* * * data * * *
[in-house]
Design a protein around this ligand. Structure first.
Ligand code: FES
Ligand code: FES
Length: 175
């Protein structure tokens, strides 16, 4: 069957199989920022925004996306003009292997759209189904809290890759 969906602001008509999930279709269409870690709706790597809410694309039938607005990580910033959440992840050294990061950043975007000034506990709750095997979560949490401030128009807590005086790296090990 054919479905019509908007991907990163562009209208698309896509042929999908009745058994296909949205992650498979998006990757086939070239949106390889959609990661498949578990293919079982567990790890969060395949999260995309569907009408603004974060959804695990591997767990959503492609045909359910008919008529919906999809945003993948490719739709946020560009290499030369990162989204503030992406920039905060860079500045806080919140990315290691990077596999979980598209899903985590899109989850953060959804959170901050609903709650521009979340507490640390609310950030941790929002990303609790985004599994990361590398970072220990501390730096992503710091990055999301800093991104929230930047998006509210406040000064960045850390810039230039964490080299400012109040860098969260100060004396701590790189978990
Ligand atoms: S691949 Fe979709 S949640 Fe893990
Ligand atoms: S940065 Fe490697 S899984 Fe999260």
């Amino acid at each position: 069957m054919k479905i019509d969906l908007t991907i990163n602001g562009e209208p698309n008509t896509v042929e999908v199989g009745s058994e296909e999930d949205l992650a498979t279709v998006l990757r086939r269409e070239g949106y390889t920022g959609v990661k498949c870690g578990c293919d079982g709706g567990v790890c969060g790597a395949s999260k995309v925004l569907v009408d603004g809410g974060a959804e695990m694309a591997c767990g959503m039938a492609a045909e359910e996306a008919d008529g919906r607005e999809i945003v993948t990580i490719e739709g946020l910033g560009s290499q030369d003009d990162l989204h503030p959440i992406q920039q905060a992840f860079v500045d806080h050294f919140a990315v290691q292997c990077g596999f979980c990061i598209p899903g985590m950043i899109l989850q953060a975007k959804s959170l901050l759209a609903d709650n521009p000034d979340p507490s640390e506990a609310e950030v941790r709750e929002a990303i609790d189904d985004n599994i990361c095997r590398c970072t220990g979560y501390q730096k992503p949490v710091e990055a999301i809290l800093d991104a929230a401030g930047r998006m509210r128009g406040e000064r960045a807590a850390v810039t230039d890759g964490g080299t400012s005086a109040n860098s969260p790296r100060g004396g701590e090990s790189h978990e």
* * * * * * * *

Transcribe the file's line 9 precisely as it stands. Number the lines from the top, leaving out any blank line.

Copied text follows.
């Amino acid at each position: 069957m054919k479905i019509d969906l908007t991907i990163n602001g562009e209208p698309n008509t896509v042929e999908v199989g009745s058994e296909e999930d949205l992650a498979t279709v998006l990757r086939r269409e070239g949106y390889t920022g959609v990661k498949c870690g578990c293919d079982g709706g567990v790890c969060g790597a395949s999260k995309v925004l569907v009408d603004g809410g974060a959804e695990m694309a591997c767990g959503m039938a492609a045909e359910e996306a008919d008529g919906r607005e999809i945003v993948t990580i490719e739709g946020l910033g560009s290499q030369d003009d990162l989204h503030p959440i992406q920039q905060a992840f860079v500045d806080h050294f919140a990315v290691q292997c990077g596999f979980c990061i598209p899903g985590m950043i899109l989850q953060a975007k959804s959170l901050l759209a609903d709650n521009p000034d979340p507490s640390e506990a609310e950030v941790r709750e929002a990303i609790d189904d985004n599994i990361c095997r590398c970072t220990g979560y501390q730096k992503p949490v710091e990055a999301i809290l800093d991104a929230a401030g930047r998006m509210r128009g406040e000064r960045a807590a850390v810039t230039d890759g964490g080299t400012s005086a109040n860098s969260p790296r100060g004396g701590e090990s790189h978990e």